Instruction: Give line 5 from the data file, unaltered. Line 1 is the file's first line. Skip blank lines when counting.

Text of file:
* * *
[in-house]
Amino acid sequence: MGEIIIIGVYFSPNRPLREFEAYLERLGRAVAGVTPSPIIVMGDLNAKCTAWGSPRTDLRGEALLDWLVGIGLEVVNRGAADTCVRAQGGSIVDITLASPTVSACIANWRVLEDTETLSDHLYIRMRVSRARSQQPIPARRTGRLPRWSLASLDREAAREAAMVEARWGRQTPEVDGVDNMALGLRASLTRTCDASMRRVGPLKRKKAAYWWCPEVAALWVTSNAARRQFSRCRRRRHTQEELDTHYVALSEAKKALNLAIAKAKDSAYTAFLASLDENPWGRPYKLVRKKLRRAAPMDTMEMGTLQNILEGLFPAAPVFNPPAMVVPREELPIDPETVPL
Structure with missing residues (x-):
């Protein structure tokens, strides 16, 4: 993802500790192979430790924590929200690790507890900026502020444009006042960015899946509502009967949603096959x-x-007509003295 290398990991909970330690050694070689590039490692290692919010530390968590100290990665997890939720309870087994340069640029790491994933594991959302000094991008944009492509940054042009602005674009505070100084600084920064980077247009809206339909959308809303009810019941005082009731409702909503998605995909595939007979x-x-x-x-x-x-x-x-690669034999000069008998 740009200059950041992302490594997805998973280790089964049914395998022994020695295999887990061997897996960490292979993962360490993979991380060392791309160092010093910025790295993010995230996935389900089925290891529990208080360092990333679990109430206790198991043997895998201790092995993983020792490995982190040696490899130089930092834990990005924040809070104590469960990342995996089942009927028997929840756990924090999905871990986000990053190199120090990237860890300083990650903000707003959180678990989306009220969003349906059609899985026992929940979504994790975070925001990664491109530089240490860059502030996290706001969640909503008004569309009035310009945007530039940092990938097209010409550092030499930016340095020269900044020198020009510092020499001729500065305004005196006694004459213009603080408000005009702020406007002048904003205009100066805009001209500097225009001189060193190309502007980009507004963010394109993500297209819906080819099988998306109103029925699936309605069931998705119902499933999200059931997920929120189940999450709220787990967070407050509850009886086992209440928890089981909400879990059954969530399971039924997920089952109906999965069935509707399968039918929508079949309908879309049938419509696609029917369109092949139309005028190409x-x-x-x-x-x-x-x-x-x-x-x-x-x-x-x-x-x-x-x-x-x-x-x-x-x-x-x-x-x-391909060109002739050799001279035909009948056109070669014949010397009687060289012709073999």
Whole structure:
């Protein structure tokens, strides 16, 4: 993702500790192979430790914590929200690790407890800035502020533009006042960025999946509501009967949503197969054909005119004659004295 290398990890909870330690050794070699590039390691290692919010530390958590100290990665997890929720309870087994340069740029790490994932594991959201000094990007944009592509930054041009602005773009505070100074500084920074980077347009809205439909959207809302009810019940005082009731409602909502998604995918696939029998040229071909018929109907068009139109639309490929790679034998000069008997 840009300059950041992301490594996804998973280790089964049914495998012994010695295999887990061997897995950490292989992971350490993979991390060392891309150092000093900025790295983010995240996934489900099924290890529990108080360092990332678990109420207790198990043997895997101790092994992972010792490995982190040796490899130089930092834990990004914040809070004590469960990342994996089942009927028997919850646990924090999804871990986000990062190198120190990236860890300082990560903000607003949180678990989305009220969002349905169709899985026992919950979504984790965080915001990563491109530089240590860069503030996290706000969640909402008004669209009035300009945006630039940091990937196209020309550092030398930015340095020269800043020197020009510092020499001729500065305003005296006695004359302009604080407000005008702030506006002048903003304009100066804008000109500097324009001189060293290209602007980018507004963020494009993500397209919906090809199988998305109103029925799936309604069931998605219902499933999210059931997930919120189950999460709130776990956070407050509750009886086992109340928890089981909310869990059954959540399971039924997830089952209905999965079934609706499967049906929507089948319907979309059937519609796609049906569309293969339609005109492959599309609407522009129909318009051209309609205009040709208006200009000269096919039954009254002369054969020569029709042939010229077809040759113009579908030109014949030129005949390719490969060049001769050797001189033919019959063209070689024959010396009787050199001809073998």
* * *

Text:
Whole structure: